Allie and her father have taken their cause one step further. They have started a website and a petition called  — “ACT Out Against SAT”  — urging college and universities to stop requiring the  tests as a condition for admission. Their goal is to gather 10,000 signatures and submit the final document to the American Association of Collegiate Registrars.

 “We have put this petition together to call your attention to how unfair and biased these tests are. The tests are unfair to females, minorities, students whose second language is English and students who can’t afford quality test prep classes or tutors,” they write. “Too many students are at a disadvantage when taking these tests.

 “Therefore, we respectfully ask that you no longer use ACT or SAT scores when evaluating whether a student qualifies for admission to college or when determining scholarships.”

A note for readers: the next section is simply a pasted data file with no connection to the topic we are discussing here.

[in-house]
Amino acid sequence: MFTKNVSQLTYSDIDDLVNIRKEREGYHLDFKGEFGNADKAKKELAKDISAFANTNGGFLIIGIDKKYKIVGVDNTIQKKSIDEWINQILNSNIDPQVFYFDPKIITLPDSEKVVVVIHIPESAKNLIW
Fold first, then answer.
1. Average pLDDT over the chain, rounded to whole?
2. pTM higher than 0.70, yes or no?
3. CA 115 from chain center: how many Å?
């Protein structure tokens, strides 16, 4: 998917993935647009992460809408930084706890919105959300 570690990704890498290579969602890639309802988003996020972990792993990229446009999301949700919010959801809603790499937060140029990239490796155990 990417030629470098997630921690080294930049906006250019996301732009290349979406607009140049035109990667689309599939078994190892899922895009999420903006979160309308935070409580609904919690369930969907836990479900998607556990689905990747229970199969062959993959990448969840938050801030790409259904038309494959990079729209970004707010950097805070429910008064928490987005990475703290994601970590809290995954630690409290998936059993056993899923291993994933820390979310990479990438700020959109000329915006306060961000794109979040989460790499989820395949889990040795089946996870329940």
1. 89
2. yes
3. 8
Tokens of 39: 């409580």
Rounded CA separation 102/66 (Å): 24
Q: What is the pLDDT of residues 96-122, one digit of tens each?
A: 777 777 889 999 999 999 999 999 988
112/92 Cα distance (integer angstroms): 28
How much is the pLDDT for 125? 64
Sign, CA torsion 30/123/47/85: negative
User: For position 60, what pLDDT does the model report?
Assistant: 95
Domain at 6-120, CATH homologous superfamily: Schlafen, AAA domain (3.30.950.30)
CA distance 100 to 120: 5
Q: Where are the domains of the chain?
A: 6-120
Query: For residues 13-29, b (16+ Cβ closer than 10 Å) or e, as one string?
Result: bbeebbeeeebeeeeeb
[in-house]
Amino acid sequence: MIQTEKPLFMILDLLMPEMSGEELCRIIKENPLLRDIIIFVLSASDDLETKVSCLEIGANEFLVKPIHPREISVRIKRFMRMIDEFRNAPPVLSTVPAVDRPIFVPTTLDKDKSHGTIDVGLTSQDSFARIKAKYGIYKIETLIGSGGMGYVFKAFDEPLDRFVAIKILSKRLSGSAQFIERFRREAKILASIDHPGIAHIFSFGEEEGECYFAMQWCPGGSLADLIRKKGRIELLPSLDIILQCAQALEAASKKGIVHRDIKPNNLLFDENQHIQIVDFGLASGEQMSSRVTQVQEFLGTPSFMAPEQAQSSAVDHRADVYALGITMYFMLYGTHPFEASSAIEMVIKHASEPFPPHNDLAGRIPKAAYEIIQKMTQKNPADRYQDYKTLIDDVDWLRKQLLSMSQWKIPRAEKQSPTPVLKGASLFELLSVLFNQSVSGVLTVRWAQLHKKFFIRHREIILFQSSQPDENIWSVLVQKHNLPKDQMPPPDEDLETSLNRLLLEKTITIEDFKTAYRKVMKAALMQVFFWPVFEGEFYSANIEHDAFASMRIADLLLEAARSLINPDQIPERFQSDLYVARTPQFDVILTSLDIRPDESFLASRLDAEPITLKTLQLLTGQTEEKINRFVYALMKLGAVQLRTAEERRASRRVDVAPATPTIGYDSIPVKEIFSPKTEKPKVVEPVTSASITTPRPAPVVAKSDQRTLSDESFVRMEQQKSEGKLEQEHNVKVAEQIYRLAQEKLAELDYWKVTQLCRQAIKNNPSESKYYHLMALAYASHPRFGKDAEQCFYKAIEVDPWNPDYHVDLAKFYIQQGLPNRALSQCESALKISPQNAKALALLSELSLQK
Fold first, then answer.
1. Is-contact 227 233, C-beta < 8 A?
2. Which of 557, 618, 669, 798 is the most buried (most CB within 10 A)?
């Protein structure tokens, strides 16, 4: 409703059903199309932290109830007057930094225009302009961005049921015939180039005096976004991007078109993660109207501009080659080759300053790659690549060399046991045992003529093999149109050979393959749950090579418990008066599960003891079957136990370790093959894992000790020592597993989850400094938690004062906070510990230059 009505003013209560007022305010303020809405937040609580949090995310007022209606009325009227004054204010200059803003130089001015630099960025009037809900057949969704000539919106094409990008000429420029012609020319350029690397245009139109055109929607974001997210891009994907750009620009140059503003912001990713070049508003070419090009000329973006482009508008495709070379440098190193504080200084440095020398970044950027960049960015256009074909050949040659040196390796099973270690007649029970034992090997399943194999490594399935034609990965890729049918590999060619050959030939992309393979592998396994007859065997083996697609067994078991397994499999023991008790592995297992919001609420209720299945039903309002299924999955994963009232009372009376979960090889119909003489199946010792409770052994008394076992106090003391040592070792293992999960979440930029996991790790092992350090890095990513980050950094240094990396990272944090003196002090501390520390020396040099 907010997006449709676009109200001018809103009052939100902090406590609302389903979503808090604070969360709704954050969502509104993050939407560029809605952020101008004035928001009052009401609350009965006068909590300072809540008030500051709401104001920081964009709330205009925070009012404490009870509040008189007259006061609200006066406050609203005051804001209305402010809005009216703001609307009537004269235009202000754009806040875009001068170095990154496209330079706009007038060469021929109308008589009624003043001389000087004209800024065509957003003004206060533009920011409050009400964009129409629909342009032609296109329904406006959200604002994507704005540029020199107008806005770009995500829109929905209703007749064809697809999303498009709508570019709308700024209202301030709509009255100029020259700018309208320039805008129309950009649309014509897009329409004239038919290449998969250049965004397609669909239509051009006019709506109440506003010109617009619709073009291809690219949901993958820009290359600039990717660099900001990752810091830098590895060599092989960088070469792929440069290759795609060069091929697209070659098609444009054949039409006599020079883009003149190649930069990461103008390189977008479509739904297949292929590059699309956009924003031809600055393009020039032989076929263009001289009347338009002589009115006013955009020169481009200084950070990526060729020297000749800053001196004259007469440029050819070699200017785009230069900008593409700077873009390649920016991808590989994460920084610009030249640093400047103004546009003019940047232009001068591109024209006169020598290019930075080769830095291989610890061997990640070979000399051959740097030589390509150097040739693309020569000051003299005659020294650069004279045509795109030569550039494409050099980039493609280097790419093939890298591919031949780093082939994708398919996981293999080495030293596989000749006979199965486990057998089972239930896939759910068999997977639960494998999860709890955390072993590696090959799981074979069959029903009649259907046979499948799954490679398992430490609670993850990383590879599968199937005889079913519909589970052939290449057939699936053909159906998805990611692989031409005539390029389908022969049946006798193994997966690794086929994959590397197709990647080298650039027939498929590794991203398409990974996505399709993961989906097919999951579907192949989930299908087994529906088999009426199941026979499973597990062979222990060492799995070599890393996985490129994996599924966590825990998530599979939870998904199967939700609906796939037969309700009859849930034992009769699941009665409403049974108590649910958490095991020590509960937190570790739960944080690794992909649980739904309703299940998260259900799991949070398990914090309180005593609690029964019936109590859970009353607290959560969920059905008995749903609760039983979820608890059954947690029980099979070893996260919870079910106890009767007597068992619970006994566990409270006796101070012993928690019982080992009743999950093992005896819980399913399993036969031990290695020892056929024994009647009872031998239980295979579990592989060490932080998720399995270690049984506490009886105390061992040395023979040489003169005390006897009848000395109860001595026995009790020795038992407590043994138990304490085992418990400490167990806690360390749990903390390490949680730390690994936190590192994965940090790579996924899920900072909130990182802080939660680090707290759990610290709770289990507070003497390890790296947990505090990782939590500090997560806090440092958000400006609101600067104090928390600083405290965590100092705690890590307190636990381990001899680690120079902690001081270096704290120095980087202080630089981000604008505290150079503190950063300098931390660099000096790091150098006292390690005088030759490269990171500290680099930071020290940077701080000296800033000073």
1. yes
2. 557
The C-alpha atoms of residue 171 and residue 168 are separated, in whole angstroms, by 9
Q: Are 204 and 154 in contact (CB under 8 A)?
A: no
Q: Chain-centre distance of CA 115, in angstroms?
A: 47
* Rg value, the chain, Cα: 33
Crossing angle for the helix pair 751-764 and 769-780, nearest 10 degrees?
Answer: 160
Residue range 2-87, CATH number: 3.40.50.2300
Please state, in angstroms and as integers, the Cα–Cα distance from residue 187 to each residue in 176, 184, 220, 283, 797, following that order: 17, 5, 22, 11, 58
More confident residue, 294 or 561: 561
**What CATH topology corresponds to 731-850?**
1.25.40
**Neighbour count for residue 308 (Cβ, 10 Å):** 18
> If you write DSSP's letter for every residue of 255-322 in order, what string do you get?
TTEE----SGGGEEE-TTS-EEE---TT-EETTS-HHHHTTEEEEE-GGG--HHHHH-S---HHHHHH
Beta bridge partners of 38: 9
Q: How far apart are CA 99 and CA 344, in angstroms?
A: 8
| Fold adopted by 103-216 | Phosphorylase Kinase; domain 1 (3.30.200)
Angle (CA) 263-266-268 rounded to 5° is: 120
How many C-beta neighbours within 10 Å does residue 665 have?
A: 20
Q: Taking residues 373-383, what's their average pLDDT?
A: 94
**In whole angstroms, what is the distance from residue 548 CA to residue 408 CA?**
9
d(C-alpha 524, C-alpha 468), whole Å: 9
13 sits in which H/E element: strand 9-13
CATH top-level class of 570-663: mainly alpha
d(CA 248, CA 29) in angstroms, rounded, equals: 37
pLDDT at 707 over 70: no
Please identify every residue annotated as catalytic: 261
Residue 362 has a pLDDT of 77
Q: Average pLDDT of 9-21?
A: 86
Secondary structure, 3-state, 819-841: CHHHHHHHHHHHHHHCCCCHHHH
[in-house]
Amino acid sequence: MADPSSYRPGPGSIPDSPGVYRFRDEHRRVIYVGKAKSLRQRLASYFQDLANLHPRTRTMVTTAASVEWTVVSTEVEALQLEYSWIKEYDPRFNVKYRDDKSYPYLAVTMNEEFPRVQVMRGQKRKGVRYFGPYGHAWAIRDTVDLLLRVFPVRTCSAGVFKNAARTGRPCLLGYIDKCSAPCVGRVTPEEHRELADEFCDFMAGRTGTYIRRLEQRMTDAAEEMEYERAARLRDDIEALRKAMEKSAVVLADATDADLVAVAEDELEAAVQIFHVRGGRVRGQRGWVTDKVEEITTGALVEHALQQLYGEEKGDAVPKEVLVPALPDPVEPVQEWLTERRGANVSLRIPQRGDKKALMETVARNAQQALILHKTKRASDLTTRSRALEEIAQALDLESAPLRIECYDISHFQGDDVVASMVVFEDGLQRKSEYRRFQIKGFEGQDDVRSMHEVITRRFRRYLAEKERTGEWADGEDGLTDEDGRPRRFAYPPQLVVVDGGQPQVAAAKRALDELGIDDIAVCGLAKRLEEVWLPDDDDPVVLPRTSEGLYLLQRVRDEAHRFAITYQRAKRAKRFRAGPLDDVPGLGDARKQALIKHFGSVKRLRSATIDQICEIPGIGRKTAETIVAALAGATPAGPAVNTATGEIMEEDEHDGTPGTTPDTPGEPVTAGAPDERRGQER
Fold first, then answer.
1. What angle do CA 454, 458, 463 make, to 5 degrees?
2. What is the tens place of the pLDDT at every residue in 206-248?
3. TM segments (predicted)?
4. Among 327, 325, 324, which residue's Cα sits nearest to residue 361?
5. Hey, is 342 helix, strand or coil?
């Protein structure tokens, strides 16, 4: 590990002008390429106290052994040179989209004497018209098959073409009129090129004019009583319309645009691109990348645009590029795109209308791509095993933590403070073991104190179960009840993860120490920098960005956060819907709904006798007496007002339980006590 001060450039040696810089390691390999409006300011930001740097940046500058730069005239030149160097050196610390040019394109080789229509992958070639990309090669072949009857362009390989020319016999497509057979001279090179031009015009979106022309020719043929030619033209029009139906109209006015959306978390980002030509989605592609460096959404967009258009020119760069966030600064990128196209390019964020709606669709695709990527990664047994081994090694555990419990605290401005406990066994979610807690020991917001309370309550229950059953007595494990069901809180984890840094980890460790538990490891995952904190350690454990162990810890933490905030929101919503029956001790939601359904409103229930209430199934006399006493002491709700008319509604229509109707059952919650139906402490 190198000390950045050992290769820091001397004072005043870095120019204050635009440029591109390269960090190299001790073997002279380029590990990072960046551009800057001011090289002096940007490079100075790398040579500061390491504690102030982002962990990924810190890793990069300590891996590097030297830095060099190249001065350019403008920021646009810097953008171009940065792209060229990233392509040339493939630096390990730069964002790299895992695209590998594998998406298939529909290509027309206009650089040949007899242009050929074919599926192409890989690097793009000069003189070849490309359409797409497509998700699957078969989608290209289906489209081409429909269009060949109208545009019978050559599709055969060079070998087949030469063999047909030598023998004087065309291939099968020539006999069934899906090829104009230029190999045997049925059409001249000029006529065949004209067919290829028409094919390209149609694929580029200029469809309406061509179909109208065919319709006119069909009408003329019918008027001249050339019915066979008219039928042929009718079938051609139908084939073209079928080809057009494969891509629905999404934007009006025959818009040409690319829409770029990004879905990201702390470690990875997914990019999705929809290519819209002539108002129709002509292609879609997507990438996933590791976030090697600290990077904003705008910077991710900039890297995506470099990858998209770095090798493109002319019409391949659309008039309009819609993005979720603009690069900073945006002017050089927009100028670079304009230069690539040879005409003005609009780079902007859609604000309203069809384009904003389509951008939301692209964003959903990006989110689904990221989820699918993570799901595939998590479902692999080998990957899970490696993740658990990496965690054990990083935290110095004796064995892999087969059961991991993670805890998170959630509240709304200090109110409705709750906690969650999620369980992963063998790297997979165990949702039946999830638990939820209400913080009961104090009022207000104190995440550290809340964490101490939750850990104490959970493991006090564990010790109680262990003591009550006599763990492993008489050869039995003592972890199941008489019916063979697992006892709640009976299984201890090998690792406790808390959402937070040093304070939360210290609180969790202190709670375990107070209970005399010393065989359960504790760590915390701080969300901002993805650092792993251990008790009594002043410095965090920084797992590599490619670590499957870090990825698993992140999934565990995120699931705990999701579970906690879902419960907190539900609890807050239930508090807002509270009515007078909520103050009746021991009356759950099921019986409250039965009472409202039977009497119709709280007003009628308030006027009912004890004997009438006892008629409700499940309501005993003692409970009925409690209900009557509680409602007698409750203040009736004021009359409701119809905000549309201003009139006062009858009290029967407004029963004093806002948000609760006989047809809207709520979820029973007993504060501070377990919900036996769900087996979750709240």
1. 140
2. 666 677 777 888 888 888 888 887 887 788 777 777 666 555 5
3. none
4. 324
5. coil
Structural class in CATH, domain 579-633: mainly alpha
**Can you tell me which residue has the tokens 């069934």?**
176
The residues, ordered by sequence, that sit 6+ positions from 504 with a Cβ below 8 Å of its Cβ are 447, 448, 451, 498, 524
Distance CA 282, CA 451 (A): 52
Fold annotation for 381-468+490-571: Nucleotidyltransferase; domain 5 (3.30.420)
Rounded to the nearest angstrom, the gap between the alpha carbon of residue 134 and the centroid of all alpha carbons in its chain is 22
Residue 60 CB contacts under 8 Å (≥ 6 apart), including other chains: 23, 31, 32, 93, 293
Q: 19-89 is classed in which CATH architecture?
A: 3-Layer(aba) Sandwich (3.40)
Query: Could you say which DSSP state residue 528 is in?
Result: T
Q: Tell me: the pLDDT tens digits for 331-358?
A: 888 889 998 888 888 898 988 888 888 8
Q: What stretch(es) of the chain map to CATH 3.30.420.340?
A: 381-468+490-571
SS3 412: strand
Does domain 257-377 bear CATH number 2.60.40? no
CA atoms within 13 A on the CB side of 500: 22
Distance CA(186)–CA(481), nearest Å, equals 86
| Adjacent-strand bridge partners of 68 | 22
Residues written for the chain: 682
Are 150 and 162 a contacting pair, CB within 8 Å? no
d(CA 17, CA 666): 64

At last count, the petition had a little over 200 signatures, but Allie has at least one strong ally on her side. According to the Chronicle of Higher Education, FairTest a testing watchdog group, worked closely with the Kauffmanns on the film.

The Case for Change in College Admissions

Tuesday, February 1st, 2011

This month marks two years since we started the conversation about the college admissions process by hosting the Rethinking Admissions conference at Wake Forest.  Since then, we have continued the conversation here on this blog, and many others have joined in the debate.